The Czech Republic’s problem is the lack of competition and oligopolies controlling most of the food market. Even though the rate of price increase in the Czech Republic has recently been higher than elsewhere, the country still has some of the lowest prices in the European Union, according to agricultural analyst Petr Havel. A few large producers dominate the Czech food market.
The rise in food prices in the Czech Republic over the last two years has been one of the fastest in Europe. Despite price increases, Czech food prices remain among the cheapest in the European Union according to Eurostat, ranking fifth most affordable in the long term. However, the dynamic of food price growth in the country over the past two years has been significantly more pronounced than in other European countries for various reasons. Among these are the country’s higher energy prices, faster wage growth, and the effects of inflation, which have increased the prices of most components for food production.
The lack of market competition is undoubtedly one factor, but historically, it has been determined by betting on industrial agricultural and food production. The options for the antitrust office are limited, as practically no food company or retail network is in a monopoly position according to the law. The problem in the Czech Republic is the existence of oligopolies, the collective influence of several significant food producers or sellers controlling most of the market.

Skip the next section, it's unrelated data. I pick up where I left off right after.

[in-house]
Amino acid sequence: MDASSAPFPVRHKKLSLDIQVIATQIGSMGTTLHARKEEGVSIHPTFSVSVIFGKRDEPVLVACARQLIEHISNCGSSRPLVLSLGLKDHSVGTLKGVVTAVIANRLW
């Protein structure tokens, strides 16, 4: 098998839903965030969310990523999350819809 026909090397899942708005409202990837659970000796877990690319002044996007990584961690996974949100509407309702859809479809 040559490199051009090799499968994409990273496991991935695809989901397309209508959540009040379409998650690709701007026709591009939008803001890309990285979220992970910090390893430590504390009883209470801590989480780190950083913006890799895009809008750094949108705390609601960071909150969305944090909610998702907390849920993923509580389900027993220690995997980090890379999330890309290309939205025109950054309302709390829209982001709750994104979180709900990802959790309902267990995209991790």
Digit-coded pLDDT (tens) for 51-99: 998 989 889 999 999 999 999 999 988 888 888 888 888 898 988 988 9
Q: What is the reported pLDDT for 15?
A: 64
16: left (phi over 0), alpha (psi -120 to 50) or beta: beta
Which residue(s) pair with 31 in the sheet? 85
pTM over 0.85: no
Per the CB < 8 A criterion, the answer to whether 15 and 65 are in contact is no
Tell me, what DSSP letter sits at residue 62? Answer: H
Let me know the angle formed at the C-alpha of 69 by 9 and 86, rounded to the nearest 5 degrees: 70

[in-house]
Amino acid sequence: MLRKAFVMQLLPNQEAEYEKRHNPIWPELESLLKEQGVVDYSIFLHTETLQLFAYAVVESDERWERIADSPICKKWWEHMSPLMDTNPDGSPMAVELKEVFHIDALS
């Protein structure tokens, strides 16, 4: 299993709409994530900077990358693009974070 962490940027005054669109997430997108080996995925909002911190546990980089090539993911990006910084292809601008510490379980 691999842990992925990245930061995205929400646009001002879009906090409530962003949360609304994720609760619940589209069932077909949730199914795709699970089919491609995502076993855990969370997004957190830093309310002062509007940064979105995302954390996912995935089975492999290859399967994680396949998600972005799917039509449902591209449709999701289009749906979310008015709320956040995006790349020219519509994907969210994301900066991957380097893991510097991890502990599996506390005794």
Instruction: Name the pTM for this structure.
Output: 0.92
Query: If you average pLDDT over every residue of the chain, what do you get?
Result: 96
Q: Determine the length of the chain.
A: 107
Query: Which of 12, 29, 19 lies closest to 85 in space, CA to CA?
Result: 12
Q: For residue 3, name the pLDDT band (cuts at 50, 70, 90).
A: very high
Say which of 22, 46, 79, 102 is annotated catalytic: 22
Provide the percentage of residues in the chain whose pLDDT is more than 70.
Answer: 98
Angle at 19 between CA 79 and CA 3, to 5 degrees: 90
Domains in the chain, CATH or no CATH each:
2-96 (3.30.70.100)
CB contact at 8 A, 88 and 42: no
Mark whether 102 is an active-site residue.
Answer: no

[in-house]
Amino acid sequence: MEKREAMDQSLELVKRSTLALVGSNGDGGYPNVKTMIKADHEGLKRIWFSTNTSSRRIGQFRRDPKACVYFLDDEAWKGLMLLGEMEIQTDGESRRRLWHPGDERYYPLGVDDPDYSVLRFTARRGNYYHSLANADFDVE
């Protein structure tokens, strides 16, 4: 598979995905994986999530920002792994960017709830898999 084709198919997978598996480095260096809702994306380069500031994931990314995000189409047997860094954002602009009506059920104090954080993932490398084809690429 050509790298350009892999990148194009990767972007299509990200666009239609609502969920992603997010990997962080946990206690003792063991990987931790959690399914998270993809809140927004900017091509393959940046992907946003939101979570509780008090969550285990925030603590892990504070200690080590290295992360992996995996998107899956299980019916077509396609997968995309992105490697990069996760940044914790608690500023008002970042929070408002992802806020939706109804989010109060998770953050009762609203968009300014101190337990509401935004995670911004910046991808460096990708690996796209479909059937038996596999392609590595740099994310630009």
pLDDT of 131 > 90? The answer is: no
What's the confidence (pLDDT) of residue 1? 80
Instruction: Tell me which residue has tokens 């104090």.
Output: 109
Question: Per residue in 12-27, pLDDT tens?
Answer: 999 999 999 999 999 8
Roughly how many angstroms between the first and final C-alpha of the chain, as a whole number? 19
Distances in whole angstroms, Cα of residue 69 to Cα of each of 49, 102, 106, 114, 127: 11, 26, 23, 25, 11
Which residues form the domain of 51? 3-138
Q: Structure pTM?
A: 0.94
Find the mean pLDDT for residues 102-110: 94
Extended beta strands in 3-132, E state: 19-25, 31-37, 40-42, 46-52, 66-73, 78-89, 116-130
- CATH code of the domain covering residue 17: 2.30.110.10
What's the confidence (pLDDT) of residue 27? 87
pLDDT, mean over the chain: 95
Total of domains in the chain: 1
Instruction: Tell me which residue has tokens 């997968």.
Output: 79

The state’s role in this situation primarily lies in creating conditions to increase competition in all food production and sales articles, i.e., agriculture, food production, and retail. The primary tool for this should be targeted reduction of bureaucracy, especially the one applied in the country beyond the framework of EU legislation.
As for the following year, it will significantly depend on how food production costs develop. The prices of vegetable edible oils and possibly basic types of bread may stagnate or even slightly decrease, as flour prices are currently falling. Also, meat could become cheaper due to lower feed mixture prices, but it is unclear. As previously mentioned, prices of vegetables and fruit are likely to increase at least in the first half of the year due to lower stocks from this year’s production, as there was adverse weather, mainly droughts, and fires, in significant producing countries.